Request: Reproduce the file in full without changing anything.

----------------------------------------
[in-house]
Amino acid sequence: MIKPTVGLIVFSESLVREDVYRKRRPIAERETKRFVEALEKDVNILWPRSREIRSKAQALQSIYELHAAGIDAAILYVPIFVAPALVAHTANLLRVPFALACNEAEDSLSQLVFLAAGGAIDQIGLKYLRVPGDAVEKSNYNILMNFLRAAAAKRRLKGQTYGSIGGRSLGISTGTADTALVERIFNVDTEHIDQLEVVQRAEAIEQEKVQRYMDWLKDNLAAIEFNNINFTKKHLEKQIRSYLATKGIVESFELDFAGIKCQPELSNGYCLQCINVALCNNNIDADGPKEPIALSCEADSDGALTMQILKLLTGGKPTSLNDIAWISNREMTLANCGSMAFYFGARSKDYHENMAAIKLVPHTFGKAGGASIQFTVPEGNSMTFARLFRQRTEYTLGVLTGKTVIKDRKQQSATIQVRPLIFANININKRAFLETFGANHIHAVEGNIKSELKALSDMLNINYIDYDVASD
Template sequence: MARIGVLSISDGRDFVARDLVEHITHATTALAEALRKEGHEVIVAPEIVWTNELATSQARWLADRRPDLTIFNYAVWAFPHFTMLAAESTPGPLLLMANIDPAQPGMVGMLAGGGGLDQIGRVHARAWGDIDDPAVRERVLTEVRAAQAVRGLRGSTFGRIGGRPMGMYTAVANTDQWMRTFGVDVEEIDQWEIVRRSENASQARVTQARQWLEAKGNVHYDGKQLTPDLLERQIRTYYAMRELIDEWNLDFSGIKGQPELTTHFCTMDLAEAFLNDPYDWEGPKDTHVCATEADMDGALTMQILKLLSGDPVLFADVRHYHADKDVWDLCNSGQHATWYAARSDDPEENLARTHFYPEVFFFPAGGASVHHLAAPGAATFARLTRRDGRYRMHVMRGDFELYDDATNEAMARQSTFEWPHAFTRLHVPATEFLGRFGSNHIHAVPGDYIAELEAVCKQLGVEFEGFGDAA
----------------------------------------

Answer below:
[in-house]
Amino acid sequence: MIKPTVGLIVFSESLVREDVYRKRRPIAERETKRFVEALEKDVNILWPRSREIRSKAQALQSIYELHAAGIDAAILYVPIFVAPALVAHTANLLRVPFALACNEAEDSLSQLVFLAAGGAIDQIGLKYLRVPGDAVEKSNYNILMNFLRAAAAKRRLKGQTYGSIGGRSLGISTGTADTALVERIFNVDTEHIDQLEVVQRAEAIEQEKVQRYMDWLKDNLAAIEFNNINFTKKHLEKQIRSYLATKGIVESFELDFAGIKCQPELSNGYCLQCINVALCNNNIDADGPKEPIALSCEADSDGALTMQILKLLTGGKPTSLNDIAWISNREMTLANCGSMAFYFGARSKDYHENMAAIKLVPHTFGKAGGASIQFTVPEGNSMTFARLFRQRTEYTLGVLTGKTVIKDRKQQSATIQVRPLIFANININKRAFLETFGANHIHAVEGNIKSELKALSDMLNINYIDYDVASD
Template sequence: MARIGVLSISDGRDFVARDLVEHITHATTALAEALRKEGHEVIVAPEIVWTNELATSQARWLADRRPDLTIFNYAVWAFPHFTMLAAESTPGPLLLMANIDPAQPGMVGMLAGGGGLDQIGRVHARAWGDIDDPAVRERVLTEVRAAQAVRGLRGSTFGRIGGRPMGMYTAVANTDQWMRTFGVDVEEIDQWEIVRRSENASQARVTQARQWLEAKGNVHYDGKQLTPDLLERQIRTYYAMRELIDEWNLDFSGIKGQPELTTHFCTMDLAEAFLNDPYDWEGPKDTHVCATEADMDGALTMQILKLLSGDPVLFADVRHYHADKDVWDLCNSGQHATWYAARSDDPEENLARTHFYPEVFFFPAGGASVHHLAAPGAATFARLTRRDGRYRMHVMRGDFELYDDATNEAMARQSTFEWPHAFTRLHVPATEFLGRFGSNHIHAVPGDYIAELEAVCKQLGVEFEGFGDAA